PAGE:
FOR the past 18 years Matlaletsa Makhunoane has prided himself on being the father of a bright daughter. But he got the shock of his life after DNA tests recently proved he could not have fathered the child he has maintained for almost two decades.
Now 38-year-old Makhunoane wants to sue his childhood lover, Mampole Mofokeng, for her subterfuge. He wants her to return about R60000 he spent on the upkeep of the girl, who is now in matric. His old sweetheart lives near his home in Residentia township, Vaal. She fell pregnant at 16 and, 20 years old at the time, he had to look for a job.
"Our affair never lasted but I looked after the child. In 2004 she took me to the maintenance court and made me pay R300 a month," Makhunoane said.
His mother, Mamokete Maseko, said she had had serious doubts from the day she first saw the child.
"I told my eldest sister that the child did not look anything like my son but she suppressed me."
Rumours that Makhunoane was not the father started spreading soon after the baby was born.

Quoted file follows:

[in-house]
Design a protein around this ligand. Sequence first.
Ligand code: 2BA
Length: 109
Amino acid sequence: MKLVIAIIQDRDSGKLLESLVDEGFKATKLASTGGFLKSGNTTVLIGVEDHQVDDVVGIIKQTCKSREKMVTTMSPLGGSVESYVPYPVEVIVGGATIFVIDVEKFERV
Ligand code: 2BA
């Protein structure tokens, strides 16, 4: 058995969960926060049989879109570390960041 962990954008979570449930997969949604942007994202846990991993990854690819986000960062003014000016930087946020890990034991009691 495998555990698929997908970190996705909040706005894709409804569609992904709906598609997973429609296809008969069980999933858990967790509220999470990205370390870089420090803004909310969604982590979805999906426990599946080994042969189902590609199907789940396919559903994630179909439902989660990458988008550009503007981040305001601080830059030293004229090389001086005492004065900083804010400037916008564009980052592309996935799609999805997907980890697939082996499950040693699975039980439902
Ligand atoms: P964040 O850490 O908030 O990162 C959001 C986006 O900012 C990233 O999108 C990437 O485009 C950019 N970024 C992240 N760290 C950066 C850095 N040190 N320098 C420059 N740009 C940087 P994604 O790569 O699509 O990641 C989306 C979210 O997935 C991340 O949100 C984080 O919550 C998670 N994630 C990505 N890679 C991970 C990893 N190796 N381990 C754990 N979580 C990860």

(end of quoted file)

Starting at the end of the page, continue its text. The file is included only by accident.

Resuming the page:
"When the child was two months old, a gun-toting man from Western Cape came looking for my son, saying he was sleeping with his woman. I had to calm him down because I didn't want my son to die over nothing," Maseko said.
Makhunoane ignored his mother's suspicions for years, but decided to undergo DNA tests when Mofokeng approached the court in April to have maintenance increased to R1000 a month.
The results came back: "The probability of Makhunoane being the biological father of Dikeledi Mofokeng is 0percent."
But Mofokeng remains unperturbed. "As far as I'm concerned he is the father. I didn't have any other partner when I fell pregnant. I don't care what the DNA tests indicate," she said.